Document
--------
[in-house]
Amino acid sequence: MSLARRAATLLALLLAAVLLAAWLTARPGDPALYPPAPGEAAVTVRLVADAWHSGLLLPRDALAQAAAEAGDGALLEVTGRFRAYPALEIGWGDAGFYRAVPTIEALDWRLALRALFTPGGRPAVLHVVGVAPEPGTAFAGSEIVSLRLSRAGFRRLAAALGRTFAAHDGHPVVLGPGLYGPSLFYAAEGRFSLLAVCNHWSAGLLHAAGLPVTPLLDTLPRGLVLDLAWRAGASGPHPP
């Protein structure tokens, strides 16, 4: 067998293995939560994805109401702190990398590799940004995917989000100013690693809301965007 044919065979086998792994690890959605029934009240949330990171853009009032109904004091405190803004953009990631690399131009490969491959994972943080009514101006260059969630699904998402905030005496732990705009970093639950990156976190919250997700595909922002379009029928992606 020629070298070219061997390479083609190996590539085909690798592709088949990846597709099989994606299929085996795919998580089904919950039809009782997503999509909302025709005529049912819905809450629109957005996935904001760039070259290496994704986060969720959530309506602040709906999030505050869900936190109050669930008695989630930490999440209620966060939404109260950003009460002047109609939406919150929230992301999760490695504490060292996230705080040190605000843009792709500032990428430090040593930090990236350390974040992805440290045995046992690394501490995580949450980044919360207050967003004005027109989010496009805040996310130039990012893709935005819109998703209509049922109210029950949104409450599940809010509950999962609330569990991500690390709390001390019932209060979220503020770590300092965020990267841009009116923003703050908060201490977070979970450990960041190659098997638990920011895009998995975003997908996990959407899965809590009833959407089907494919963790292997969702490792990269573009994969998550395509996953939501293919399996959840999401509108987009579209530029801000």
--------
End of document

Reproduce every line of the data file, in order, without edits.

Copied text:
[in-house]
Amino acid sequence: MSLARRAATLLALLLAAVLLAAWLTARPGDPALYPPAPGEAAVTVRLVADAWHSGLLLPRDALAQAAAEAGDGALLEVTGRFRAYPALEIGWGDAGFYRAVPTIEALDWRLALRALFTPGGRPAVLHVVGVAPEPGTAFAGSEIVSLRLSRAGFRRLAAALGRTFAAHDGHPVVLGPGLYGPSLFYAAEGRFSLLAVCNHWSAGLLHAAGLPVTPLLDTLPRGLVLDLAWRAGASGPHPP
């Protein structure tokens, strides 16, 4: 067998293995939560994805109401702190990398590799940004995917989000100013690693809301965007 044919065979086998792994690890959605029934009240949330990171853009009032109904004091405190803004953009990631690399131009490969491959994972943080009514101006260059969630699904998402905030005496732990705009970093639950990156976190919250997700595909922002379009029928992606 020629070298070219061997390479083609190996590539085909690798592709088949990846597709099989994606299929085996795919998580089904919950039809009782997503999509909302025709005529049912819905809450629109957005996935904001760039070259290496994704986060969720959530309506602040709906999030505050869900936190109050669930008695989630930490999440209620966060939404109260950003009460002047109609939406919150929230992301999760490695504490060292996230705080040190605000843009792709500032990428430090040593930090990236350390974040992805440290045995046992690394501490995580949450980044919360207050967003004005027109989010496009805040996310130039990012893709935005819109998703209509049922109210029950949104409450599940809010509950999962609330569990991500690390709390001390019932209060979220503020770590300092965020990267841009009116923003703050908060201490977070979970450990960041190659098997638990920011895009998995975003997908996990959407899965809590009833959407089907494919963790292997969702490792990269573009994969998550395509996953939501293919399996959840999401509108987009579209530029801000």